A team at the bottom probably wouldn’t have been able to recover, because the two tasks were both physical and required travel. This season has had a good balance of single-location tasks (such as dressing themselves up to make a painting and a life-size mural match, or searching a temple to find a matching tile) and ones where they had to navigate (the mattresses; delivering fruit to boats at a floating market).
There’s been lots of local navigation, too. Navigating traffic in their bicycle rickshaw? Yes! Yelling “faster” and “we’re in a race” at rickshaw drivers? No thanks. (“Chop-chop,” Corey said to their rickshaw driver. “Vroom vroom vroom, fast fast!” said Andrea. Stop this, said Andy to his TV.)
Speaking of travel: The return of airport travel has, so far, been a total bust. There’s still plenty of race to go, but plane travel has added nothing this season: both flights have ended in equalizers, making the flights themselves useless.
All teams were all on the same flight to India, so that rendered the previous leg’s placements moot.
Earlier, teams actually booked their own flights to Vietnam in a travel agency, yet even with an earlier flight’s unexpected delay, and a bus ride once they arrived in Vietnam, everyone arrived to find that they’d been equalized and had to wait hours for the task to open.
Let’s just go back to the charter plane and the staggered start times if the only other option is post-flight equalizers, which erase so much of the effort teams put in.
I hope The Amazing Race can keep up this momentum for the back half of its season, and I also hope that it will give us more character development.
With teams constantly on the go, and editing ramping up the tension, the format isn’t built for the same kind of narrative that other shows have.
One of those suggestions was to spend more time letting us get to know the cast, instead of giving us one-note versions of every contestant. I also hoped it’d immerse itself more in local culture, rather than speeding past it.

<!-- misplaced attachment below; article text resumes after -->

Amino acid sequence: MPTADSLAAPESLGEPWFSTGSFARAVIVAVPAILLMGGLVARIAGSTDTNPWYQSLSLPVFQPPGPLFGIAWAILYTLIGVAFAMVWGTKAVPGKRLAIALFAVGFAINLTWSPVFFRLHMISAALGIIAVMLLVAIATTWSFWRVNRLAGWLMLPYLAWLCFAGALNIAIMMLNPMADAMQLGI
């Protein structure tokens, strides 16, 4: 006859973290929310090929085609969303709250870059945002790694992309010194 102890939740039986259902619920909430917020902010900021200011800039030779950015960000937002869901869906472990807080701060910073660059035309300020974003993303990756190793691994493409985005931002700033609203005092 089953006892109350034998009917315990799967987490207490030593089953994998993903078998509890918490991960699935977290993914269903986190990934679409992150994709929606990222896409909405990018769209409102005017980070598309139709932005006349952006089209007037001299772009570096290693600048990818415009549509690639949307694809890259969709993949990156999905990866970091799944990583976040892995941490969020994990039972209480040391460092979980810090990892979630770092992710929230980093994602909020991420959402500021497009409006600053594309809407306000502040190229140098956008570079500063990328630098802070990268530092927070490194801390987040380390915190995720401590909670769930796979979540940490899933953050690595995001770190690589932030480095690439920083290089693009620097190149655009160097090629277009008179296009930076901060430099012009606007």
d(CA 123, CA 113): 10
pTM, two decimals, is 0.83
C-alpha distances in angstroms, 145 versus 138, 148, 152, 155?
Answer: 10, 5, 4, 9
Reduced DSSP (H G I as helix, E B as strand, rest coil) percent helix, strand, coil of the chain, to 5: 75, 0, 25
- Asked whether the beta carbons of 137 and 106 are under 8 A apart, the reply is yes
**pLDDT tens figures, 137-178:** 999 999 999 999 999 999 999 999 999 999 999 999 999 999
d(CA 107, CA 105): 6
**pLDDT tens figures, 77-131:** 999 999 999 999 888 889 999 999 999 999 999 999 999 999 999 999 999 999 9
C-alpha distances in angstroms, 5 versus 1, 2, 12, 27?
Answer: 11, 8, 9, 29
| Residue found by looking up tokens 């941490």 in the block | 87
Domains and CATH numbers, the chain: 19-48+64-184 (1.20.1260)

Since then, The Amazing Race has improved on both, though not enough so that I can tell the difference between most same-sex teammates. It’s a show that’s swung its pendulum back and forth: abandoning its central premise to casting influencers; uneventful legs to dropping non-elimination legs.
I’d love more opportunities to learn about the teams, such as when they visited the Ong Pagoda in Vietnam, and wrote down a wish. How fascinating it was to see some teams be like, We’ve learned so much about the people of the world that we wish for world peace while others were like, We wish the other teams would evaporate so we can be rich and win!
Given 90 minutes and a decreasing number of teams, we should have more of an opportunity to spend more quality time with the teams and in the places they visit.
Forced to abandon the race mid-pandemic, The Amazing Race returned refreshed and rejuvenated. This season is building on that momentum, but also losing some of what made those mid-pandemic seasons so great. I suppose it’s like travel: you never quite know what you’re going to get, but it’s usually worth the ride.